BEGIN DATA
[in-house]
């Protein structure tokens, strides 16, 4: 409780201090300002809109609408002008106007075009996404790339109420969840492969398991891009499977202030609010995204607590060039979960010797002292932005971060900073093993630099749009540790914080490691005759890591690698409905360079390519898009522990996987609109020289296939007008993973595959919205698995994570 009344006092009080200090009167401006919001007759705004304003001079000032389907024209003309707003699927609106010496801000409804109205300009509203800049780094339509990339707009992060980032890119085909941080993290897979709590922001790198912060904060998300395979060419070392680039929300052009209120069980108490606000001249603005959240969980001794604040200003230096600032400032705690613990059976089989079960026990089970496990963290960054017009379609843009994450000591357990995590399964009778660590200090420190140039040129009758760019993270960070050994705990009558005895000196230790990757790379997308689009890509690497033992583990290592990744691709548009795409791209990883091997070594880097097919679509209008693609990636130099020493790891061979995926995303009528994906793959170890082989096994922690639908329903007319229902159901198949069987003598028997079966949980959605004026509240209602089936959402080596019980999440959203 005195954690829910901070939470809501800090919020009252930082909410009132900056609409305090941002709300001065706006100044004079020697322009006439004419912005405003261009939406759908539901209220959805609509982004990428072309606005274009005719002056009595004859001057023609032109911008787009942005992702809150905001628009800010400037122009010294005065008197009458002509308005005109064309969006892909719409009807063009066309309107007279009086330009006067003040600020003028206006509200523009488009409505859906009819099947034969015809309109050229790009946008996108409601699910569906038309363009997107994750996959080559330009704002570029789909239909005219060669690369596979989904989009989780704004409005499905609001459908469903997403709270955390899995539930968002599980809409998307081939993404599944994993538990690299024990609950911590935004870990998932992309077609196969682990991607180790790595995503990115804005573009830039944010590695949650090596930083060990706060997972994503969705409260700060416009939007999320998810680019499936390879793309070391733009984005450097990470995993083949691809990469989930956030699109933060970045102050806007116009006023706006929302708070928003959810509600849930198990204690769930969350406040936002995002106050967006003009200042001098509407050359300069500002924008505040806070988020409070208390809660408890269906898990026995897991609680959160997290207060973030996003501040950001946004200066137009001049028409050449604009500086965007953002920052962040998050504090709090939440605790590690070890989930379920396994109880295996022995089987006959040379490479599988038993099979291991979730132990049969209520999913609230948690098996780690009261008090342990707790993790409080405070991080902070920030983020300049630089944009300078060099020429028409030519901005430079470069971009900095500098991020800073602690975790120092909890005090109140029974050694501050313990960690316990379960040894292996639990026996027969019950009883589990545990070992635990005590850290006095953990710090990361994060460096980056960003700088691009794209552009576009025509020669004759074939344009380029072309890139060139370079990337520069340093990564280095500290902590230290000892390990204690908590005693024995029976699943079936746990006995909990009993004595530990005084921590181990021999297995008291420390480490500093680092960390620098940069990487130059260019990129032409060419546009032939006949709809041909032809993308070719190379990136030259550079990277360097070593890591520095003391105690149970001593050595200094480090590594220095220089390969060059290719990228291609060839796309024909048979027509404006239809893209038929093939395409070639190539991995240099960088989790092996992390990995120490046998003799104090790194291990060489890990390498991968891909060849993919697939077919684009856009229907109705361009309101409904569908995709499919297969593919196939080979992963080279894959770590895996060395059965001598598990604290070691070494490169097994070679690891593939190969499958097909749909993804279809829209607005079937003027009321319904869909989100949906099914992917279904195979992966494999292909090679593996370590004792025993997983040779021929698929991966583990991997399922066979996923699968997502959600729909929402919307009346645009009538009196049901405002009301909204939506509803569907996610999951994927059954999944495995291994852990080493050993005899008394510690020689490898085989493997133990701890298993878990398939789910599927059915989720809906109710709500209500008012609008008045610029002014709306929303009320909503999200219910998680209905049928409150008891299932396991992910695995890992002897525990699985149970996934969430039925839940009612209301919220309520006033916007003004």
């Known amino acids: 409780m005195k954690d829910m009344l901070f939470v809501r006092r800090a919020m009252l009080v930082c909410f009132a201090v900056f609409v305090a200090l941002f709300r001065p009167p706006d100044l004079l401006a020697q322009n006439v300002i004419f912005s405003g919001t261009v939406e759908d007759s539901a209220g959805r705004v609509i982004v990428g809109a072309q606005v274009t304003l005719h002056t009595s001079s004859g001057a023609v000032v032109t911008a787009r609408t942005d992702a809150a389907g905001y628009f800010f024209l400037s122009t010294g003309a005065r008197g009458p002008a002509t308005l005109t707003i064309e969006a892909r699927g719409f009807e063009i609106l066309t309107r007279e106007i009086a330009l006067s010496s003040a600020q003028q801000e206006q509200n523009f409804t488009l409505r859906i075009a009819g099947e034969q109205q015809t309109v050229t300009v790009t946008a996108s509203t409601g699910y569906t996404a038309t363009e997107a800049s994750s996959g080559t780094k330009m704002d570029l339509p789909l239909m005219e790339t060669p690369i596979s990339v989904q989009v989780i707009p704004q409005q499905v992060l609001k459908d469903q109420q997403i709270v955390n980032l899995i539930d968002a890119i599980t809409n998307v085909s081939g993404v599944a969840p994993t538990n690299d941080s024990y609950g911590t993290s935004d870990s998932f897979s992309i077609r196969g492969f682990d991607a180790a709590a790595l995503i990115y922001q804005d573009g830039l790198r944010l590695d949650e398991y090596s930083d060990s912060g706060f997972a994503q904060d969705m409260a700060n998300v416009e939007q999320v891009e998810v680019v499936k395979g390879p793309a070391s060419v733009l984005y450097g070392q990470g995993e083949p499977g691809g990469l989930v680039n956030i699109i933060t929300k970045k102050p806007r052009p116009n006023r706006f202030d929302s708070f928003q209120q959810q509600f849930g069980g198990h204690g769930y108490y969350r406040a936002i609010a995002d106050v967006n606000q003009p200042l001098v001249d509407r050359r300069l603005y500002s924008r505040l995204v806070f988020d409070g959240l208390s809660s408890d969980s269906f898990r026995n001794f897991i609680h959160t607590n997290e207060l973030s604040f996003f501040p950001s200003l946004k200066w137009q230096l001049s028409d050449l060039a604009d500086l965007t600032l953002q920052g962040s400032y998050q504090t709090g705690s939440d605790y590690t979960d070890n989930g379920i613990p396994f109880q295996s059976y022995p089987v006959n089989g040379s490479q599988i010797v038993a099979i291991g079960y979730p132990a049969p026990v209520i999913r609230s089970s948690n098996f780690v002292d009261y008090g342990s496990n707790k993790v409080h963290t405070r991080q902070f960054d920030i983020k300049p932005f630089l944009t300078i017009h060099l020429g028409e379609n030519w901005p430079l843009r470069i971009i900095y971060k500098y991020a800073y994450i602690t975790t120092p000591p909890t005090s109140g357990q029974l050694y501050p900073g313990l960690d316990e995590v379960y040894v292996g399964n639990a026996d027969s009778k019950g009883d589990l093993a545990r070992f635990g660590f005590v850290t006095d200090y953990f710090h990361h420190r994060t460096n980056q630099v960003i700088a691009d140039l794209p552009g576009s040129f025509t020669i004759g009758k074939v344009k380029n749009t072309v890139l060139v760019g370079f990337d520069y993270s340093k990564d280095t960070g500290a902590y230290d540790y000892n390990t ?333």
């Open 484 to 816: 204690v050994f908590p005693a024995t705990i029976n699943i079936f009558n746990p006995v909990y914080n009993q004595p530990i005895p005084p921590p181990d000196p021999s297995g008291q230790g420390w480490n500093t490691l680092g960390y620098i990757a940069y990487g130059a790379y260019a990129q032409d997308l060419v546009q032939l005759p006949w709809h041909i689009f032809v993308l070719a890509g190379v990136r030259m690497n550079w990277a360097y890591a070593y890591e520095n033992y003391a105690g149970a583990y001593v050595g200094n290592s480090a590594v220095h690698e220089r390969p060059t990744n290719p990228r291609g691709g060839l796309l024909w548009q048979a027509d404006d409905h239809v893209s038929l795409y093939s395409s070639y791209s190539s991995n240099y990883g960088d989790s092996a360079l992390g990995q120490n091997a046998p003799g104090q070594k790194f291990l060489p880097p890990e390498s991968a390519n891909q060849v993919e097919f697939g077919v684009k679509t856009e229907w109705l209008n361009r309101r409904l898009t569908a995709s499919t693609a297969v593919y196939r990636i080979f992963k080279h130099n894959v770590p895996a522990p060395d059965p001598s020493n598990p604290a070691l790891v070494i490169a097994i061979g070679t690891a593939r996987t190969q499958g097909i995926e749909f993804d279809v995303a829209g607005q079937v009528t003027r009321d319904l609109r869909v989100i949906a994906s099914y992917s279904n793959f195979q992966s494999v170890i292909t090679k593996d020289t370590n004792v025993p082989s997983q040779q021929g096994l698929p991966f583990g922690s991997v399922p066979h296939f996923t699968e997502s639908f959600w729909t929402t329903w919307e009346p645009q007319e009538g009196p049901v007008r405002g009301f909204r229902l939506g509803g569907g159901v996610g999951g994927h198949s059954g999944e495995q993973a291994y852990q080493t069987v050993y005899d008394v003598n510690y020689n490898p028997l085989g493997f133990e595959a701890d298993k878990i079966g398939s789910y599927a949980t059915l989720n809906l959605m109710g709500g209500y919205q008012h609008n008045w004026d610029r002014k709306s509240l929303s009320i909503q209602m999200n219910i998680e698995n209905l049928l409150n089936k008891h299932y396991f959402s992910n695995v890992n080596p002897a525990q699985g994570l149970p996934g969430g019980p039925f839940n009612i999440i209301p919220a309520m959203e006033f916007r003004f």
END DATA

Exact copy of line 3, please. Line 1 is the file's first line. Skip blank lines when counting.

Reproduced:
């Known amino acids: 409780m005195k954690d829910m009344l901070f939470v809501r006092r800090a919020m009252l009080v930082c909410f009132a201090v900056f609409v305090a200090l941002f709300r001065p009167p706006d100044l004079l401006a020697q322009n006439v300002i004419f912005s405003g919001t261009v939406e759908d007759s539901a209220g959805r705004v609509i982004v990428g809109a072309q606005v274009t304003l005719h002056t009595s001079s004859g001057a023609v000032v032109t911008a787009r609408t942005d992702a809150a389907g905001y628009f800010f024209l400037s122009t010294g003309a005065r008197g009458p002008a002509t308005l005109t707003i064309e969006a892909r699927g719409f009807e063009i609106l066309t309107r007279e106007i009086a330009l006067s010496s003040a600020q003028q801000e206006q509200n523009f409804t488009l409505r859906i075009a009819g099947e034969q109205q015809t309109v050229t300009v790009t946008a996108s509203t409601g699910y569906t996404a038309t363009e997107a800049s994750s996959g080559t780094k330009m704002d570029l339509p789909l239909m005219e790339t060669p690369i596979s990339v989904q989009v989780i707009p704004q409005q499905v992060l609001k459908d469903q109420q997403i709270v955390n980032l899995i539930d968002a890119i599980t809409n998307v085909s081939g993404v599944a969840p994993t538990n690299d941080s024990y609950g911590t993290s935004d870990s998932f897979s992309i077609r196969g492969f682990d991607a180790a709590a790595l995503i990115y922001q804005d573009g830039l790198r944010l590695d949650e398991y090596s930083d060990s912060g706060f997972a994503q904060d969705m409260a700060n998300v416009e939007q999320v891009e998810v680019v499936k395979g390879p793309a070391s060419v733009l984005y450097g070392q990470g995993e083949p499977g691809g990469l989930v680039n956030i699109i933060t929300k970045k102050p806007r052009p116009n006023r706006f202030d929302s708070f928003q209120q959810q509600f849930g069980g198990h204690g769930y108490y969350r406040a936002i609010a995002d106050v967006n606000q003009p200042l001098v001249d509407r050359r300069l603005y500002s924008r505040l995204v806070f988020d409070g959240l208390s809660s408890d969980s269906f898990r026995n001794f897991i609680h959160t607590n997290e207060l973030s604040f996003f501040p950001s200003l946004k200066w137009q230096l001049s028409d050449l060039a604009d500086l965007t600032l953002q920052g962040s400032y998050q504090t709090g705690s939440d605790y590690t979960d070890n989930g379920i613990p396994f109880q295996s059976y022995p089987v006959n089989g040379s490479q599988i010797v038993a099979i291991g079960y979730p132990a049969p026990v209520i999913r609230s089970s948690n098996f780690v002292d009261y008090g342990s496990n707790k993790v409080h963290t405070r991080q902070f960054d920030i983020k300049p932005f630089l944009t300078i017009h060099l020429g028409e379609n030519w901005p430079l843009r470069i971009i900095y971060k500098y991020a800073y994450i602690t975790t120092p000591p909890t005090s109140g357990q029974l050694y501050p900073g313990l960690d316990e995590v379960y040894v292996g399964n639990a026996d027969s009778k019950g009883d589990l093993a545990r070992f635990g660590f005590v850290t006095d200090y953990f710090h990361h420190r994060t460096n980056q630099v960003i700088a691009d140039l794209p552009g576009s040129f025509t020669i004759g009758k074939v344009k380029n749009t072309v890139l060139v760019g370079f990337d520069y993270s340093k990564d280095t960070g500290a902590y230290d540790y000892n390990t ?333």